The story hurts my brain just to think about it. There are these two idiots who go to Mexico for drugs and hookers and somehow come across the puzzle box. Fake Pinhead pops up and takes one to hell while the other starts to kill more hookers...because...? This also magically brings the other friend back to life similarly to Frank and Julia except that's not really how things work. Sometime later, the families of the two friends are having dinner when shenanigans ensue. The "revelation" is that the one friend sent to hell takes the skin of the other guy which creates confusion for the families. Then, in an idiotic move that boggles the mind, the guy who escaped hell summons Pinhead again thinking he will be forgiving...because...? Taking stupidity to another level, they make Pinhead get all pissy when he's denied a soul by one of the parents. Keep in mind, the majority of this idiocy is occurring in some living room; everything looks and feels embarrassingly low-budget. The film mercifully ends with some bullshit about the one sister wanting to open up the puzzle box...because...? Thank goodness the running time was roughly 70 minutes...I don't think I could have taken another moment.

Needless to say, this is a miserable entry that tarnishes the "Hellraiser" legacy even further. There are explanations for why this entry is such insufferable shit, but I don't forgive it. I hated every single second of this movie and incessantly thought about tearing a few souls apart. And why the fuck was there a Pinhead junior?! If I wasn't so annoyed I would have been laughing at the outlandish stupidity. Needless to say, do not waste your time (and especially money) on this tripe. And this is the end for the moment. What a beautiful descent into oblivion this has been too. Supposedly there is a tenth movie coming, but I have zero confidence in it. Clive Barker has been discussing both a remake and permanent end to the franchise so I guess we will stay tuned until (or if) this ever comes to fruition. In the meantime, just stick to parts 1 and 2 and maybe 6 if you have the tolerance.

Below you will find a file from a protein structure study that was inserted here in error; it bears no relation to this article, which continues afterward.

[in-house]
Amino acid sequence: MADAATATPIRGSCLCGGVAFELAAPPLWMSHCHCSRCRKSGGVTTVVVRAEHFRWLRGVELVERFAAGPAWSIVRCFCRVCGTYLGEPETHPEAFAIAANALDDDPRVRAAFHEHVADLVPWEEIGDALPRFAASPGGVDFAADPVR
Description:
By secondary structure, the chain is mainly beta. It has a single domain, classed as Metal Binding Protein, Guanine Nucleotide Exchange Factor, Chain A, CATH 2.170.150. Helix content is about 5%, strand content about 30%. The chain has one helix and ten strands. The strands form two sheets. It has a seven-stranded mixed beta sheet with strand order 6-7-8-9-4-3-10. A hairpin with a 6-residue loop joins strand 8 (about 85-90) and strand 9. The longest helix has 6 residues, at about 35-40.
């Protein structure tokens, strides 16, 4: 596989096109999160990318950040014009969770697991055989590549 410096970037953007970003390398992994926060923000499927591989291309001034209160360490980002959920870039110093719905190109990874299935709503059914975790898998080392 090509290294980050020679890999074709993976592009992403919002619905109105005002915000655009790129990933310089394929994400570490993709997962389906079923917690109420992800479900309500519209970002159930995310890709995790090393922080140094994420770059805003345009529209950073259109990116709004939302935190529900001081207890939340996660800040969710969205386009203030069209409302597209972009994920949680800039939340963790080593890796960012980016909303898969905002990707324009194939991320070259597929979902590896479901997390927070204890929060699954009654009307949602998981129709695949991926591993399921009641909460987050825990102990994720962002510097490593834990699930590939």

Notable Moment: That moronic incest scene. Like...what the fuck were they thinking? Who am I kidding, of course they weren't thinking!

Final Rating: 3/10

Saturday, November 26, 2016

Hellraiser: Hellworld Review

Disclaimer: Contains spoilers!

Plot Summary: The Hellraiser universe is a video game...or something...and idiots go to a haunted house or whatever the fuck was supposed to be happening here.

Review: Umm...Rika, sweetie...what the flying fuck did I just watch?! This isn't a "Hellraiser" movie whatsoever. We have gone far beyond missing the themes of the franchise or not pulling off the aesthetics--oh no--we have entered shenanigans of epic proportions! I'm speechless. It's hard to fathom the "thinking" that went into this installment. More or less, this is a haunted house movie where Pinhead shows up at the end for no real reason. I get's part 8 in a franchise that should have stopped at part 2...okay, fine...but this is insulting to whatever fans are left. And, believe me, I'm not just pissed because this is "Hellraiser" in name only--I'm annoyed because this is also an unbelievably shitty movie to boot. In fact, this is one of those instances where I kept thinking a stupid scene would be the "notable moment" only for that moronic scene to be eclipsed mere minutes later. I always love that shit!

The film opens by making absolutely no fucking sense, but that's is part 8 after all. Then we come to learn that one of two scenarios has unfolded, and the filmmakers were too lazy to even explain which is true. Possibility 1: somehow, the mythos of this franchise was turned into a video game by someone, somewhere, to trick people into opening the puzzle box I guess. Since this is virtually impossible to establish, we can mostly ignore the likelihood of that being true. Possibility 2: everything that has transpired in the franchise to date was fictional, and this entry is supposed to be reality. Scratch that, we are going with Possibility 3: the creators were lazy as fuck and barely altered an existing script as a big fuck you to the audience.